Kathryn J. Martires, B.A., of Case Western Reserve School of Medicine, Cleveland, who led the study together with her colleagues analyzed the data of 65 pairs of twins, who were present at 2002 annual Twin Days Festival in Twinsburg, Ohio. The scientists asked the total of 130 participants to complete a survey, including the information on their skin type, smoking and drinking habits, weight and the history of skin cancer.
Then the scientists evaluated the level of photodamage level of the participant's skin, based on such characteristics as wrinkling and changes in skin pigmentation. Photodamage results in increased wrinkling, appearance of additional pigmentation or loss of pigmentation, as well as enlarged blood vessels on the face.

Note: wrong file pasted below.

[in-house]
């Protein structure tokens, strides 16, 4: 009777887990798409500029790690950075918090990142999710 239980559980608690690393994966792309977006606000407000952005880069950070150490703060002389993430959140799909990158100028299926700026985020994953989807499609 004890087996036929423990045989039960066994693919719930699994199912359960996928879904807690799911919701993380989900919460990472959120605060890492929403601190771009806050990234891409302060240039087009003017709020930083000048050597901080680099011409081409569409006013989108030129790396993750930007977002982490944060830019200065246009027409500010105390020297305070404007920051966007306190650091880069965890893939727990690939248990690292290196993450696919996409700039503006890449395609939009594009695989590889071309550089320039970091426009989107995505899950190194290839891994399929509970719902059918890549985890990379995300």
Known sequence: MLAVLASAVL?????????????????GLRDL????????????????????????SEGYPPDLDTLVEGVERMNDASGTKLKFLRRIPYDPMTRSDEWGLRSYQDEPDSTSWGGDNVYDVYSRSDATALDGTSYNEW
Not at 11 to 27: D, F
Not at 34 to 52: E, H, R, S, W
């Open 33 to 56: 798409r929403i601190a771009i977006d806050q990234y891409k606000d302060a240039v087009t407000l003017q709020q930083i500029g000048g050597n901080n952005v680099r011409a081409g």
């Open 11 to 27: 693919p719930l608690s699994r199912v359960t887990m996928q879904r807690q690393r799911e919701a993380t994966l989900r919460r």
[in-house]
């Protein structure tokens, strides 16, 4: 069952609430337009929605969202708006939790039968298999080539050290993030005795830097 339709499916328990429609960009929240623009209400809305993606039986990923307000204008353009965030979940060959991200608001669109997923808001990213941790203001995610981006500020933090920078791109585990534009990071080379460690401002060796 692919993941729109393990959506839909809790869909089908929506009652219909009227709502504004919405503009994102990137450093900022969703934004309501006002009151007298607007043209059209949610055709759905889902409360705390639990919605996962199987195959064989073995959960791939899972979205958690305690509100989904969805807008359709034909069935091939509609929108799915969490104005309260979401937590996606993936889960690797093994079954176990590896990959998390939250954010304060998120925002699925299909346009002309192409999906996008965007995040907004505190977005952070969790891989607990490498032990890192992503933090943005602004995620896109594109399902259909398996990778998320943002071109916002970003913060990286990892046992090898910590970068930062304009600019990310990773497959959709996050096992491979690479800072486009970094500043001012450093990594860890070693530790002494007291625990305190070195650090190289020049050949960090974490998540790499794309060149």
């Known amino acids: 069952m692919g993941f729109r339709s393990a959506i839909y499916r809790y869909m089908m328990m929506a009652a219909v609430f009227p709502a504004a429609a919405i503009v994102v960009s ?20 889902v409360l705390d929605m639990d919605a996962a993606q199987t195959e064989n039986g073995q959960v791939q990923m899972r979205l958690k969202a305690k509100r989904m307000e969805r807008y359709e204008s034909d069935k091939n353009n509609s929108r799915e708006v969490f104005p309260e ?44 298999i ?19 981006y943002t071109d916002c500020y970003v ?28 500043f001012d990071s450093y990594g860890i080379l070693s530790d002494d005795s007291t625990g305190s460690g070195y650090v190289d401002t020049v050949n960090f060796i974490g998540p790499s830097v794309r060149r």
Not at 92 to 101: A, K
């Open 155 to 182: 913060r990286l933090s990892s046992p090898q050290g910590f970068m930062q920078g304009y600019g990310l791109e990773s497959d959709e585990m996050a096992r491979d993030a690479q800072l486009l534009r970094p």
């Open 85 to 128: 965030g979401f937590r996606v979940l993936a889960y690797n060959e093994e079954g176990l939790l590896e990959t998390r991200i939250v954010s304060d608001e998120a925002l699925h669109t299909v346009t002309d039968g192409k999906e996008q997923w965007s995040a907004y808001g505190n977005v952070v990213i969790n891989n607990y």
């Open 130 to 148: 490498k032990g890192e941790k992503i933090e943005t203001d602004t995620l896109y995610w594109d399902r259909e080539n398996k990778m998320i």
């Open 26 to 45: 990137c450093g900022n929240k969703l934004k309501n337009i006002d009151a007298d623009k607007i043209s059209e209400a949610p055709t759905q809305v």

The results of the study showed that such factors as the history of skin cancer, excessive weight, smoking and not using the sunscreen were linked to higher photodamage level, while alcohol consumption was associated with lower photodamage level.
It is known that around in 40 percent of cases earlier skin ageing is caused by non-genetic factors. Previous studied showed that sun exposure leads to a number of significant changes in the skin, including photodamage and skin cancer.
The study was published in the December issue of Archives of Dermatology.